Second, the recovery of profits in the business sector has significantly affected the income of the household sector, which, through increased consumption, is contributing to the sustainability of the economy. Although the income environment of the household sector is improving at this time, the increase in consumption has been modest. The elimination of over-employment and the approaching retirement of the first baby boomer generation are two factors that will improve employment conditions. Moreover, corporations enjoy abundant cash flow, and this, should it lead to increases in employee incomes, can be expected to support the sustainability of the economy.
An examination of the contribution of each category of demand relative to the real GDP growth rate reveals that, in the past, consumption growth accounted for more than half of the GDP growth rate (Figure 1-5-1). However, the role of consumption in the economic expansion period has tended to decline, and in the present cycle has dipped to about 30%. In its place, capital investment's role has grown relatively large, and its contribution to the GDP growth rate is now close to 40% as opposed to 20% in the past. Since capital investment has had a relatively high amplitude compared with consumption in the past, if consumption's contribution to GDP growth declines while investment's contribution increases, the amplitude of the GDP growth rate will also rise. This means that an increase in the role of consumption will probably contribute to a leveling-out of economic fluctuations. It is therefore important, from the perspective of the sustainability of the economy, to be attentive as to whether a further increase in income will be linked to consumption.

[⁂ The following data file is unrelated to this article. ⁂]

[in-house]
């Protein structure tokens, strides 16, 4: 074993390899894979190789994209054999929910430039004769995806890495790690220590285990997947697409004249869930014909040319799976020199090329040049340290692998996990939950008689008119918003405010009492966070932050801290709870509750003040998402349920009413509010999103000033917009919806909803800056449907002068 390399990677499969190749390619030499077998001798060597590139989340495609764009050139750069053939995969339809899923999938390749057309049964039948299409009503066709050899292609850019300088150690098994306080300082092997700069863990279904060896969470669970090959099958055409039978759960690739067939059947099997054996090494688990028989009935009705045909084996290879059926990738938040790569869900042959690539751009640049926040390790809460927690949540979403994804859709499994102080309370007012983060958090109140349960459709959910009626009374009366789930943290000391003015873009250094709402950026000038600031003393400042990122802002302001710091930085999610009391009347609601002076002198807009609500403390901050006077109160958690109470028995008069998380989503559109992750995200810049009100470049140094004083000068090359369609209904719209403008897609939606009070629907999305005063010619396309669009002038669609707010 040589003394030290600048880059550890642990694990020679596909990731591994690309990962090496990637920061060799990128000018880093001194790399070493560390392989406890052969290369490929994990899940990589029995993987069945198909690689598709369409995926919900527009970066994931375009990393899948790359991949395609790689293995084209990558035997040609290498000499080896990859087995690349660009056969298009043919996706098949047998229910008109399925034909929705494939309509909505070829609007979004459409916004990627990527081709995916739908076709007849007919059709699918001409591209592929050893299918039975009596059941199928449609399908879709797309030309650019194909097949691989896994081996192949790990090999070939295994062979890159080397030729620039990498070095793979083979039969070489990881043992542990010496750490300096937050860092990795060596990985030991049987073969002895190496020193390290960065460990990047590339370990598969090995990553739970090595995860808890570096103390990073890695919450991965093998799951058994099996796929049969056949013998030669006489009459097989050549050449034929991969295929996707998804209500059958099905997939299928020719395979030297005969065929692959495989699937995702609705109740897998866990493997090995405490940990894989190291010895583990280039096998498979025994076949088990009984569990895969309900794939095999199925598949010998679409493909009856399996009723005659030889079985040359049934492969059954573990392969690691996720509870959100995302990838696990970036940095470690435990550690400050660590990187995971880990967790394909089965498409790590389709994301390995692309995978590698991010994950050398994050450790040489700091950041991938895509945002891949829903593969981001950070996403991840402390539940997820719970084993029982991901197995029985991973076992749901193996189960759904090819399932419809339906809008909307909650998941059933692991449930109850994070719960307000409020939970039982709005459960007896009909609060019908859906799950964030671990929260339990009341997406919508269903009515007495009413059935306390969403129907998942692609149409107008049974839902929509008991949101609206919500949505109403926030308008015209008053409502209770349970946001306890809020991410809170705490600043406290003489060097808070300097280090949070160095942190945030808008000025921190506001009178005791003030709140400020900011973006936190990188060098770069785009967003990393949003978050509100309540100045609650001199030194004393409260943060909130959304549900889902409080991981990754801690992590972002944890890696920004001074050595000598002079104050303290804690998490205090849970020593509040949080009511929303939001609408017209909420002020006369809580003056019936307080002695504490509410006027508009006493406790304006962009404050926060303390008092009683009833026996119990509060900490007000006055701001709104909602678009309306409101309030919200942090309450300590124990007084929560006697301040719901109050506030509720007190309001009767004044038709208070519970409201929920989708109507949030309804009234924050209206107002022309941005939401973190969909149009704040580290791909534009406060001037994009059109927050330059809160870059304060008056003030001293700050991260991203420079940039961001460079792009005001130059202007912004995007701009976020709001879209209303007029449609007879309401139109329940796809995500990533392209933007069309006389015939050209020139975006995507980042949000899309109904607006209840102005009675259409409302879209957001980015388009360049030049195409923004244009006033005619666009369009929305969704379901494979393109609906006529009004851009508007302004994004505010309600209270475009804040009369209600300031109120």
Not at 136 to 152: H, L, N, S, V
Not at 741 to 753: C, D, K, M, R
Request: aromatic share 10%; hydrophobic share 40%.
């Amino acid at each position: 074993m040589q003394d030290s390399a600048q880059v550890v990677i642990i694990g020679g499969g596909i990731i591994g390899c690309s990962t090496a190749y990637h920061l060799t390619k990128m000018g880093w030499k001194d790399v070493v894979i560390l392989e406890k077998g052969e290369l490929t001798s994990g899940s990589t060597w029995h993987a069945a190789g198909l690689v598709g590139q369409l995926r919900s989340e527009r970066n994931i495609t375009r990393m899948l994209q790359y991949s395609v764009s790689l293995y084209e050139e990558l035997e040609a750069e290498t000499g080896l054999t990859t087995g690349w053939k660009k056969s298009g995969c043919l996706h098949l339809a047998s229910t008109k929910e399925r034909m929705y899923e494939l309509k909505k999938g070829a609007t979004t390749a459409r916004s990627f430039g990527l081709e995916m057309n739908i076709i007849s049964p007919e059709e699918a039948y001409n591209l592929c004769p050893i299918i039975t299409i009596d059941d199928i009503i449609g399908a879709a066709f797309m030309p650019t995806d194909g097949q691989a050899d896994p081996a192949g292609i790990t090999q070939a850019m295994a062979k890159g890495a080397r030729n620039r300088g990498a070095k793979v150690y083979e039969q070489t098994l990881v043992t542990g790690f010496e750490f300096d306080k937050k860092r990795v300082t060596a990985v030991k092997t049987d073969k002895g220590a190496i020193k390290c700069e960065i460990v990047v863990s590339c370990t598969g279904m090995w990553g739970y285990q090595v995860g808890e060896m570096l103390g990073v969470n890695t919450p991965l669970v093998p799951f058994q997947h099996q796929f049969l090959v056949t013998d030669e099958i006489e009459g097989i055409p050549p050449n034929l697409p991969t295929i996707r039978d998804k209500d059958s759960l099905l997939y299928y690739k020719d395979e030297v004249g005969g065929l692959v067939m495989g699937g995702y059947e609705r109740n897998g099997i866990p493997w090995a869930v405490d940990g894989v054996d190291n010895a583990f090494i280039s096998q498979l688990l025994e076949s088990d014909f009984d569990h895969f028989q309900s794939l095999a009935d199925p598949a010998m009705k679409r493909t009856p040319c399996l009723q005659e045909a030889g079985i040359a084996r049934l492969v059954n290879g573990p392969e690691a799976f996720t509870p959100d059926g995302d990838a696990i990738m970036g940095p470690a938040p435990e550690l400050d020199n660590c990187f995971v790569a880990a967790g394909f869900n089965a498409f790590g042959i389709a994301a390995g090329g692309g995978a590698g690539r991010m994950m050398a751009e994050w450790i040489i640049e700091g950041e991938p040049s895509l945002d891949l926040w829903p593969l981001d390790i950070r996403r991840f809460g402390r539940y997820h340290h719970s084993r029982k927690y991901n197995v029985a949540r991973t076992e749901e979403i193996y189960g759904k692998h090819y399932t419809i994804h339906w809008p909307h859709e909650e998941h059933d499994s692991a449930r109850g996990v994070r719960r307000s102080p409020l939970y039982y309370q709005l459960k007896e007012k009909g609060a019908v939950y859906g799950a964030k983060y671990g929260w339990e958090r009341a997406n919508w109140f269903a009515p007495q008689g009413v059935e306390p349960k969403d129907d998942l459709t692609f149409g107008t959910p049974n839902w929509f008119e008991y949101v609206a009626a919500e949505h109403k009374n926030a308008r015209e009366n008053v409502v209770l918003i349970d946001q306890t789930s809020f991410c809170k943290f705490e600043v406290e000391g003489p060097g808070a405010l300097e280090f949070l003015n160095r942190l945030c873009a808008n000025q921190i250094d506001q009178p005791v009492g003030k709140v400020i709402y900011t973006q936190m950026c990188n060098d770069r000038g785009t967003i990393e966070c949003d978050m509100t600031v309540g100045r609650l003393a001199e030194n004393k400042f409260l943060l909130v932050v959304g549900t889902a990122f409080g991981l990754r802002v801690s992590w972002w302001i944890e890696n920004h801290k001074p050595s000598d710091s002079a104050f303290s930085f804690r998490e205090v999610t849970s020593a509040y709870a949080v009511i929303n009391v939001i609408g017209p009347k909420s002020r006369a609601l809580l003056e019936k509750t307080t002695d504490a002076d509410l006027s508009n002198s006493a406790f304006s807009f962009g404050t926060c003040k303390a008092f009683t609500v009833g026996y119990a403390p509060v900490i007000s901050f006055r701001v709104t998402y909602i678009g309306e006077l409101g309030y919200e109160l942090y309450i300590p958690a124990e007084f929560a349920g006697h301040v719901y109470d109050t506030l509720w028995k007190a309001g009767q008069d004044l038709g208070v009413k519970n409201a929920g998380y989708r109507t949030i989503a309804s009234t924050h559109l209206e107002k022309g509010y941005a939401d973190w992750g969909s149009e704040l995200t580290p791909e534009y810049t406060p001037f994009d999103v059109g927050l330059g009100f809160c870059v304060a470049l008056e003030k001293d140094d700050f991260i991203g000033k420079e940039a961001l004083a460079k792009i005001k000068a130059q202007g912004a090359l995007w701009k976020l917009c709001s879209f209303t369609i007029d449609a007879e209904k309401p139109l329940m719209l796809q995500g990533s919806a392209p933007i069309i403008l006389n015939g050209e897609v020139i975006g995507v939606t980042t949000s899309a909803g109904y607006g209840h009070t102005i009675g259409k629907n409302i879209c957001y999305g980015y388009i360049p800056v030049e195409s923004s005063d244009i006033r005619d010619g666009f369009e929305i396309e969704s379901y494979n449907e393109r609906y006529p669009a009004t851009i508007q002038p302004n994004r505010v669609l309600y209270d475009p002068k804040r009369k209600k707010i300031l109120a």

Figure 1-5-1 Contribution by category of demand for each economic expansion period
It would now be instructive to consider the factors other than those described above that are likely to pose the risk of obstructing economic sustainability.
First, there are possibilities that the overseas economy, including the US and China, slows down more than expected, and the international flow of funds could change rapidly. Though the US and Chinese economies are expanding, inflationary pressures are building amid the sharp rise in crude oil prices. In order to curb these pressures, policy measures that seek a moderate tightening have again been taken, and it would be inaccurate to say that there is no possibility that these policy measures will cause a slowing of the economy. In these cases, the Japanese economy is affected to some extent. Attention must be also be paid to what measures will be taken to adjust the huge fiscal deficits held by the US government and the imbalance in the international current account balance, and to the effect exerted on the international flow of funds. Another development to watch is the sharp rise in asset prices in the US.
Second, domestic policy issues have an impact on the sustainability of the economy. With respect to fiscal policy, measures to curb expenditure increases such as reductions in public investments continued in FY2005. From 2006, proportional tax reductions of private income taxes will be cut from 20% of the income tax amount to 10%, and pension insurance premiums will be increased each year. Improvements in employment and the income environment are expected, but the impact on the economy should be limited. Regarding monetary policy, the Bank of Japan has promised to continue its present quantitative easing policy until the consumer price (overall nationwide, excluding fresh food) stably reaches zero or above. For this reason, short-term interest rates will continue to be stable. Long-term interest rates should also remain stable in light of these monetary policy trends, and when conditions allow a discontinuation of quantitative easing, close attention must be paid to the impact of changes in the framework of monetary policy on long-term interest rates.